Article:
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dear ones

dear ones Posted on March 28, 201714 Comments

dear ones,
never hesitate to tell someone how much they matter, how profoundly they’ve changed your life for the better, how much you love them.
when people ask for help, answer the phone.
reach out, even if it’s awkward.
don’t assume they’ve got it handled.
don’t “be cool”.
Let it matter.
I’m alive because of a million tiny and huge and significant gestures from hundreds of people.
not everyone makes it.
you can’t always fix it.
you can’t always stop it.
but every time you reach out it makes a difference.
depression can be fatal.
fight back.


  1. I’m really fortunate to have learned in my 20s that expressing these things is what matters. Although I struggle day-to-day to make it happen in real life, there are never enough reminders. Because that one connection, that one email/message/text could mean more to someone than you can possibly imagine. Take the time. Make the connection. If you’re not in the dark you probably can’t imagine how far away the light seems.

    1. yes. addendum: You can name the awkward. as in, “hey, I know this is weird and awkward but I was thinking about you and wanted to tell you that I’m really glad I know you. #thatisall”

  2. This from the other side of the question: how to reach out. What do you do if you are the one who is desperate and reaching out and you encounter people saying, “wow, I’m sure busy” and similar reactions that push away the person seeking help? I had this happen during a horrible crisis and could not believe what I was encountering as I reached out. One of my closest friends of 40 years suddenly couldn’t find five minutes a week for me. “You are having panic attacks? I have to get to lab. You feel suicidal? I have grant reviews to write. You are suffering from post-traumatic stress? Sorry, no time to talk.” The several hours a week he used to spend on personal phone calls with me turned into minutes a week of professional information exchange. That once valued friendship is apparently permanently lost to a strange assault of busy-ness, and then silence, and I found myself wondering if I did something wrong in reaching out. but it wasnt that one friend. I was surprised at how many people around me did NOT come forward to help when they heard I was struggling. “You are seeing a therapist? oh good, hope it helps, gotta run.” When someone needs help, needs support, needs someone else to say, “you are not alone,” is there some right way to do this? Fortunately, I’m doing OK. Rhi pulled me into a group online, and a few friends came through at about the point I was ready to walk into the Pacific and head for Japan. So it came out OK in the end but was pretty grim for a while when everyone I reached out to for help acted like I was presuming a bit much on their terribly busy lives. The whole experience left me wondering. Are there ways to reach out that garner help and other ways to reach out that leave everyone jumping back as if molten lead were spattering ….. which was how my lost friend and frankly other close friends reacted? If I hit another crisis, is there some way one is supposed to reach out that doesn’t result in, “gee I’m busy and a look on their faces like you are about to ask them to clean your house or babysit,” from the same people who had felt they could ask for my help in the past? Is there some protocol, some acceptable way to say, “help”? I am so thankful for the lovely people who did come through for me, but I really did not undetstand finding myself in a scene like the hungry child in the Dickens novel, hands upraised asking, “help,” and being handed back an empty porridge bowl.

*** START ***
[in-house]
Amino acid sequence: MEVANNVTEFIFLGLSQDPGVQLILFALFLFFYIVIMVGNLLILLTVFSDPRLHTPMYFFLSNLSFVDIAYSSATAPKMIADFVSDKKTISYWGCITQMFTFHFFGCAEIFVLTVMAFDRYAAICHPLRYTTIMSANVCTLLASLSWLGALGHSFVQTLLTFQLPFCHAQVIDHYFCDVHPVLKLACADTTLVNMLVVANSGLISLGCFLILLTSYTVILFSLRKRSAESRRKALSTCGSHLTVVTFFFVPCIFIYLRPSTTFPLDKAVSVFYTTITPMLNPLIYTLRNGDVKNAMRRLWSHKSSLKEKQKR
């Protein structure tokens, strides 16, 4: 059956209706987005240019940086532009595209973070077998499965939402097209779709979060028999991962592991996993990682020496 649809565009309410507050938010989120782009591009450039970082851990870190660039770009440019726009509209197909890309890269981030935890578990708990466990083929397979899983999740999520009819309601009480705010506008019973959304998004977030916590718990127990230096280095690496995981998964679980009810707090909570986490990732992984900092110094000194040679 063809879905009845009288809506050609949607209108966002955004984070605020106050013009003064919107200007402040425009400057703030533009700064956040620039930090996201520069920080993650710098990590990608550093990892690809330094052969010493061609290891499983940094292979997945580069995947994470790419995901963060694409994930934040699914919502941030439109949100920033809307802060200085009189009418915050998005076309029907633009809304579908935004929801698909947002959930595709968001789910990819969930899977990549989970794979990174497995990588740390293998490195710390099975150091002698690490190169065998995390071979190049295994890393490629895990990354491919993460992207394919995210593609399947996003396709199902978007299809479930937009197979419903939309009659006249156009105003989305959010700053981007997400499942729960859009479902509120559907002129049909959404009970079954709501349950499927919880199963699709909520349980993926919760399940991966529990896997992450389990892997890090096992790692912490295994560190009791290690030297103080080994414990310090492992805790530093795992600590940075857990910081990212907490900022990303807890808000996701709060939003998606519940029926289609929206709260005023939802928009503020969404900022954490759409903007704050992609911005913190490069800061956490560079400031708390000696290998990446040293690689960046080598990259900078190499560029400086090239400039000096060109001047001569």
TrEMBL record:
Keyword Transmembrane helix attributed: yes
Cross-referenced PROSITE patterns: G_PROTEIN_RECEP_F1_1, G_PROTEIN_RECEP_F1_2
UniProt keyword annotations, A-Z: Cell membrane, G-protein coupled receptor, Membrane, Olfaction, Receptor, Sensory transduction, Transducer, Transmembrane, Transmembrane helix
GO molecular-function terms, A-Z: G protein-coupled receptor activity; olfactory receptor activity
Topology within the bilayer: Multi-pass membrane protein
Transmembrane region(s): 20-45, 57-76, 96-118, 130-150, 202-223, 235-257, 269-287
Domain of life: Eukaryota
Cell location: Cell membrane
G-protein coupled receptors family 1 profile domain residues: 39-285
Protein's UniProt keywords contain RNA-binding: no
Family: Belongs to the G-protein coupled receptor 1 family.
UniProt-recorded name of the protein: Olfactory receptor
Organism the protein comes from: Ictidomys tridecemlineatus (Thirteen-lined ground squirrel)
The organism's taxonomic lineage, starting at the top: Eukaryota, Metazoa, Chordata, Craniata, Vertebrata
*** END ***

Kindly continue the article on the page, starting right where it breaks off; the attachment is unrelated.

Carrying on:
1. The short answer is yes, there are more and less effective ways to reach out. The most effective thing I’ve found is to prenegotiate–talk to people about what you might need and what they might be able to offer before the crisis hits. Figure out who can offer what. Plan to spread it out. Make sure you do have a good therapist and maybe a support group. It can be really wrenching when you need help and you can’t find someone who is willing to give what you need when you need it. It’s great that you’re asking this question now. Have frank conversations with people. If they think they will get in over their heads they are unlikely to open the door.